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My question: could it be practical, on an industrial scale, to take a mixture of alkanes (mostly ethane, propane, and butane) convert them to their alcohol forms, send them through a 300-mile pipe, and convert them back to their source alkanes? (They would not have to be handled as a mixture—they could be separated at the source and piped separately.)

I ask this because a company is building a pipeline through my area that is intended to carry alkanes in liquid form (under 1500 psi of pressure, so that they stay liquid). These are known in the industry as “natural gas liquids”. It looks like this could be a very dangerous pipeline. An engineer friend suggested the alcohol conversion strategy. Even if it were a lot more expensive, it would be far less dangerous and that might justify the cost. Any thoughts?

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closed as too broad by Mithoron, Todd Minehardt, Wildcat, airhuff, Buttonwood Jul 4 '17 at 23:02

Please edit the question to limit it to a specific problem with enough detail to identify an adequate answer. Avoid asking multiple distinct questions at once. See the How to Ask page for help clarifying this question. If this question can be reworded to fit the rules in the help center, please edit the question.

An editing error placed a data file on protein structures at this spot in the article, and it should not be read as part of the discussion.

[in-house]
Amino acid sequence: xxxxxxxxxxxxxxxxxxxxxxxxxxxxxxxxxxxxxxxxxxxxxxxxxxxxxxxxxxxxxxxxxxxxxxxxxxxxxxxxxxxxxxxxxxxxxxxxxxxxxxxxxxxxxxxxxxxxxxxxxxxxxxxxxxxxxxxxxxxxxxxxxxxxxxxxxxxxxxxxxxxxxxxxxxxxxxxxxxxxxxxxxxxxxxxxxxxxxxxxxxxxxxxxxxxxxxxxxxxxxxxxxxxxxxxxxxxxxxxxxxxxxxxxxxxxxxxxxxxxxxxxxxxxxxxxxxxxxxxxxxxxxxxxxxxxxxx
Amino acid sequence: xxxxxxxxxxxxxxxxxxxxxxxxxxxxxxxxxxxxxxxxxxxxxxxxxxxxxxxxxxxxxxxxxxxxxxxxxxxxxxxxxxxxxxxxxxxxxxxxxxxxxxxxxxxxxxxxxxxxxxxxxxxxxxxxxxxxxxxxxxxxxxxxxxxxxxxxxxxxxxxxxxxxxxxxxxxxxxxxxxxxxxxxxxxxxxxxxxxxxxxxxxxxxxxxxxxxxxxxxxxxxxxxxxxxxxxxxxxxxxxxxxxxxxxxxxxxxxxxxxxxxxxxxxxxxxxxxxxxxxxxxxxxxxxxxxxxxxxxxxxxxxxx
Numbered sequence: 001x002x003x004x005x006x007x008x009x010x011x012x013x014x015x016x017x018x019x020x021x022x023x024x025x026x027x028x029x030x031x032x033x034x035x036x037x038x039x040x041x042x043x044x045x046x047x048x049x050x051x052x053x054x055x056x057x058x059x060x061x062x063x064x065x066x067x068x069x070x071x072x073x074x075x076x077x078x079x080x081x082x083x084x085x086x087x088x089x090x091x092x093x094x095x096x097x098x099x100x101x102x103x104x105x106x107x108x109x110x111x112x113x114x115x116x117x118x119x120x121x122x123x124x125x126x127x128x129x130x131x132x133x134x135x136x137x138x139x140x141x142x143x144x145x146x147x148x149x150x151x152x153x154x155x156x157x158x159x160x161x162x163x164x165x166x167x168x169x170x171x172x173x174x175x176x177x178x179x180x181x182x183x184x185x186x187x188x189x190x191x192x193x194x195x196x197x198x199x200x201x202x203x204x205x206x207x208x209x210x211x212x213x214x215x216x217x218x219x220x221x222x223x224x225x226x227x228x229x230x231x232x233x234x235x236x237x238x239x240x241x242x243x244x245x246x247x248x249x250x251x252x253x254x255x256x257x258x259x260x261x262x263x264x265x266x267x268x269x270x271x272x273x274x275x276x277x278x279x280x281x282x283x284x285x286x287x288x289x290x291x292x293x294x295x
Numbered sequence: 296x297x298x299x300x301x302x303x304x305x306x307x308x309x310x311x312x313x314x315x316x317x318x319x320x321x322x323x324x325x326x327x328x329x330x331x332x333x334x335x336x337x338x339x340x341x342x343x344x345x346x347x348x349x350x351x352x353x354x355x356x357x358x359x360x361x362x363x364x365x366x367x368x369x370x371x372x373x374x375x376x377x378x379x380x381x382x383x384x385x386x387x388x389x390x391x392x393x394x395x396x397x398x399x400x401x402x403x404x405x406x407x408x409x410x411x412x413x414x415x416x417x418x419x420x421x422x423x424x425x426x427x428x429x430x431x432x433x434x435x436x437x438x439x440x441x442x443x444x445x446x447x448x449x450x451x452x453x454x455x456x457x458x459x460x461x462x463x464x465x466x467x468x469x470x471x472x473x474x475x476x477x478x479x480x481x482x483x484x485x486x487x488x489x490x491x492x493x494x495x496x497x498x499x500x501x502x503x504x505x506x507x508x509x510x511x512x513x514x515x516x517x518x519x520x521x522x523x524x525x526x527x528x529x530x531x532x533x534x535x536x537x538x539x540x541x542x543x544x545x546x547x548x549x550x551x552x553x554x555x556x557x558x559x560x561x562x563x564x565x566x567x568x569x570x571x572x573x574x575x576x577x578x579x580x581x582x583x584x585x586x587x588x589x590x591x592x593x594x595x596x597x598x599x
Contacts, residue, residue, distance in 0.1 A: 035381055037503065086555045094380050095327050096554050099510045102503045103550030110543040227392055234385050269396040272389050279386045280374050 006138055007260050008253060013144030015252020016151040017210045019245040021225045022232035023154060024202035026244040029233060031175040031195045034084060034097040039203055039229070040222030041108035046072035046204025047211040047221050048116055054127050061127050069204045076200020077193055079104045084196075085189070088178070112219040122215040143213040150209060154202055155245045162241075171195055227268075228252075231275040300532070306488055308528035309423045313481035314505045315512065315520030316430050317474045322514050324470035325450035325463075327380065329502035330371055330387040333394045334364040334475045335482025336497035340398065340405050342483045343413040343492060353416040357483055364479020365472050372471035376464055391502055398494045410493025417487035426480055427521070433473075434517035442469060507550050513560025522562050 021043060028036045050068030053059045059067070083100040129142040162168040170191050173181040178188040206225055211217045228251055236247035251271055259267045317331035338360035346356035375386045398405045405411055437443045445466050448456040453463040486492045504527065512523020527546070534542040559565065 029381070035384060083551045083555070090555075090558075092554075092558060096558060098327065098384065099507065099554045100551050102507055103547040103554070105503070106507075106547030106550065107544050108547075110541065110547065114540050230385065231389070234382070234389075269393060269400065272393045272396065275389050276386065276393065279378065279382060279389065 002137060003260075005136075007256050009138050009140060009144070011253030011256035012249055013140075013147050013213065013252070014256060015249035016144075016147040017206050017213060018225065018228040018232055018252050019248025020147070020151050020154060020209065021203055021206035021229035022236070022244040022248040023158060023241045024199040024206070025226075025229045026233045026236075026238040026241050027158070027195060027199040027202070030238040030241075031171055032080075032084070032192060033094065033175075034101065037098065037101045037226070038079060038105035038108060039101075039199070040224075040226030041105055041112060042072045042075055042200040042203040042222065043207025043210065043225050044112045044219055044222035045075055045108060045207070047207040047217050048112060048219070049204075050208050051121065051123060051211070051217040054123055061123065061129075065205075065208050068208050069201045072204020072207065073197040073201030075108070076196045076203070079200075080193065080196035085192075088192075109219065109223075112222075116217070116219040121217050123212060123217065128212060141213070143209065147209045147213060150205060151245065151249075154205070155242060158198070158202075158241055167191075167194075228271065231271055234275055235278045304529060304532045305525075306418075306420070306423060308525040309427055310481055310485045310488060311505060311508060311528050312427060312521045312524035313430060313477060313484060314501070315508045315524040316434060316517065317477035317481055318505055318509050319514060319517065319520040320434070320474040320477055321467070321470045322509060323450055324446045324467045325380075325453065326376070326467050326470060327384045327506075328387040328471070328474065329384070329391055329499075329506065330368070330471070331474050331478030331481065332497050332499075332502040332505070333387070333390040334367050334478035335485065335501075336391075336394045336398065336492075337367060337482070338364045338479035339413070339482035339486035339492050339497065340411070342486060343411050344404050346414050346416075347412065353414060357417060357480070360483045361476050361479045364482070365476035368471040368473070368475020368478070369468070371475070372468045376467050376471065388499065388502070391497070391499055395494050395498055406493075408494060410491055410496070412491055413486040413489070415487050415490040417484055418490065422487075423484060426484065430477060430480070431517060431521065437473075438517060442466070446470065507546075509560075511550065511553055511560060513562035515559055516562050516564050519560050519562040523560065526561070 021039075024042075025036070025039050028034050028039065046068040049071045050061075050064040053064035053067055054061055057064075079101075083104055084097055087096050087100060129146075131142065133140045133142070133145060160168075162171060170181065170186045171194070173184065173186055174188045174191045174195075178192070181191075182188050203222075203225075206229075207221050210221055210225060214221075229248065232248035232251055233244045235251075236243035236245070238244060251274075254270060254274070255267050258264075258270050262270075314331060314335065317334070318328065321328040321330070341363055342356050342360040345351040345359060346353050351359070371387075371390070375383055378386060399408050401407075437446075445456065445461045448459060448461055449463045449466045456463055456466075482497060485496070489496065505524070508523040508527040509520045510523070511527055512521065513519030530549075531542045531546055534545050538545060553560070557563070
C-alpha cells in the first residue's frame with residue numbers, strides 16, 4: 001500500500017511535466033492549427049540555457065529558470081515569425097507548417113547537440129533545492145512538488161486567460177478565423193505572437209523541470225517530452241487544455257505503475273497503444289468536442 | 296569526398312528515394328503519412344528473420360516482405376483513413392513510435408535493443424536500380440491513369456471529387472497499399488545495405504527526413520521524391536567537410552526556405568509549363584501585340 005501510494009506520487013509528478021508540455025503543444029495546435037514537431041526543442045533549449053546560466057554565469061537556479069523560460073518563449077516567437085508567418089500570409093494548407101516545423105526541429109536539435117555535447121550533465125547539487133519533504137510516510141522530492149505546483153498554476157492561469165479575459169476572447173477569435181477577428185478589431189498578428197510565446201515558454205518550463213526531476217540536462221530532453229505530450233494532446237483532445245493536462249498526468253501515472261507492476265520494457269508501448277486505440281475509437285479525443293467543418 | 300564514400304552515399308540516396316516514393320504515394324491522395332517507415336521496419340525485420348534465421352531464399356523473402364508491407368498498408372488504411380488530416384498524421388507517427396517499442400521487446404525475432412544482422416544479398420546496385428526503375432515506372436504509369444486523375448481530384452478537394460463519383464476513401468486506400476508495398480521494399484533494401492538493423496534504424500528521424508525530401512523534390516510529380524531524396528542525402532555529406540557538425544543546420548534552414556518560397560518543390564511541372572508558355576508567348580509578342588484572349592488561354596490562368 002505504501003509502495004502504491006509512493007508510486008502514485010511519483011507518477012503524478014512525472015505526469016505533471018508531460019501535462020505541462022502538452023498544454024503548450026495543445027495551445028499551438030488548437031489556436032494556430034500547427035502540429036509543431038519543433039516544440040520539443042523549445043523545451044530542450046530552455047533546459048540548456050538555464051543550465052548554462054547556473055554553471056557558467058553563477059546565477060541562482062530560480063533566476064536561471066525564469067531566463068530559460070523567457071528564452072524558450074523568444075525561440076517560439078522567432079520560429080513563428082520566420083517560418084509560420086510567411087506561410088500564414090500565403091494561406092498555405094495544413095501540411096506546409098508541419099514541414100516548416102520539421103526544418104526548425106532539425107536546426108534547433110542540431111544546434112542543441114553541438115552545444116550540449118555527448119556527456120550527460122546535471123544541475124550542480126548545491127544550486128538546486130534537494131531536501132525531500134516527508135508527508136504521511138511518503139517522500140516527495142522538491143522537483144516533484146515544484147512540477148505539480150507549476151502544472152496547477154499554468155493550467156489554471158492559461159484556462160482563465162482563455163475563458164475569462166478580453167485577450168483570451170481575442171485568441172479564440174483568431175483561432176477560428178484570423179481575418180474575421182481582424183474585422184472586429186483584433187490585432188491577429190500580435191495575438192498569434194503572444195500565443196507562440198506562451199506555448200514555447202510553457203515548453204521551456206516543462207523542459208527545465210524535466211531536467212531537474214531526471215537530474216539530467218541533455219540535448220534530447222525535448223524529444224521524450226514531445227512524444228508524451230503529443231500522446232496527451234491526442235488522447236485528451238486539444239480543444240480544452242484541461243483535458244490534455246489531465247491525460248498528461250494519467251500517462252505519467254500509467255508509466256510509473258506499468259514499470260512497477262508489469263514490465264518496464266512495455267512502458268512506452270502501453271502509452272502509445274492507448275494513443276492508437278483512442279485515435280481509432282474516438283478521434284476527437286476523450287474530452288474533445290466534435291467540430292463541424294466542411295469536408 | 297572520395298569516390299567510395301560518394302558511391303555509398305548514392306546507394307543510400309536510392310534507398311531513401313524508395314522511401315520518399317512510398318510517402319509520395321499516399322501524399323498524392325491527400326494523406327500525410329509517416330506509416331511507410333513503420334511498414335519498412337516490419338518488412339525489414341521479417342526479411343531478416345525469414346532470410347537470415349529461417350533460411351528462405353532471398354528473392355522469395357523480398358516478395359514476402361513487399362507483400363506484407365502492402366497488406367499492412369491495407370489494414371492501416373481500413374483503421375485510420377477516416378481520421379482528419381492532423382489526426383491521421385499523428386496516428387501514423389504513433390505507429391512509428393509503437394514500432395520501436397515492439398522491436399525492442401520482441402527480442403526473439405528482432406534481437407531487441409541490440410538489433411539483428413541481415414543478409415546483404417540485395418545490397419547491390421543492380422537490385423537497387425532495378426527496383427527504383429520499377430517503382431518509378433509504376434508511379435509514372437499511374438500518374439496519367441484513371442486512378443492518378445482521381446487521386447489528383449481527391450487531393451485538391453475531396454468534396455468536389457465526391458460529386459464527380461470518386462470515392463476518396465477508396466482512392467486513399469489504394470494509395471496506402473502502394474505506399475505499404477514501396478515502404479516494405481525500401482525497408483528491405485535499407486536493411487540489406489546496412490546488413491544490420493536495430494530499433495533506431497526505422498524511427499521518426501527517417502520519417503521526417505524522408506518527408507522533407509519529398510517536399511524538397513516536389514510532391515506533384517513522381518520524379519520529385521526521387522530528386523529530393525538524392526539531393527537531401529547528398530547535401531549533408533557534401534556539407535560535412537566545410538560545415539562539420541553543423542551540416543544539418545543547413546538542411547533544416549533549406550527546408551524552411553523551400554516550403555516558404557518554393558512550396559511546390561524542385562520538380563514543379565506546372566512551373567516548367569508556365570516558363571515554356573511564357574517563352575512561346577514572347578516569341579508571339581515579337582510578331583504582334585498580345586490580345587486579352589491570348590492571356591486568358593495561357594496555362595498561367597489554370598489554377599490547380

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    $\begingroup$ If I were a chemist, I'm sure I could make this question more specific. As a lay person who took chemistry in college decades ago, I've made it as specific as I know how. I think what you're essentially telling me is that this is not a site for people like me. $\endgroup$ – George Alexander Jul 4 '17 at 23:55
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That's not viable at all.

  1. There's no good reaction to go from alkanes to alcohols. This would be incredible expensive to do, produces a lot of waste and is potentially very dangerous too.

  2. There's no good reaction to convert alcohols back to alkanes. It would be again very expensive. And you would convert more expensive products into less expensive ones, which isn't a very good thing to do.

  3. We know how to handle liquefied petroleum gas very well, it's not that dangerous. There are also hundreds of thousands of km of such pipelines [1] already in use. The safety aspect definitely doesn't justify the cost, danger, waste, ressources and energy needed to convert the product forth and back again.

[1] http://www.j-pipe-eng.com/abstract.cfm?cat_no=2145s

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  • $\begingroup$ I had once hypothesized about a radical reaction to synthesize alcohols from alkanes in this question, although I didn't get an answer supporting or opposing my hypothesis yet. $\endgroup$ – Pritt says Reinstate Monica Jul 5 '17 at 15:13
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It's doable, but it may not be practical from an economical standpoint. You must consider that two conversion plants must be built at both ends of the pipeline, with all their operational costs, etc. That won't simply be "a lot more expensive"; it would certainly kill the business by zeroing the profits obtained from selling the hydrocarbons.

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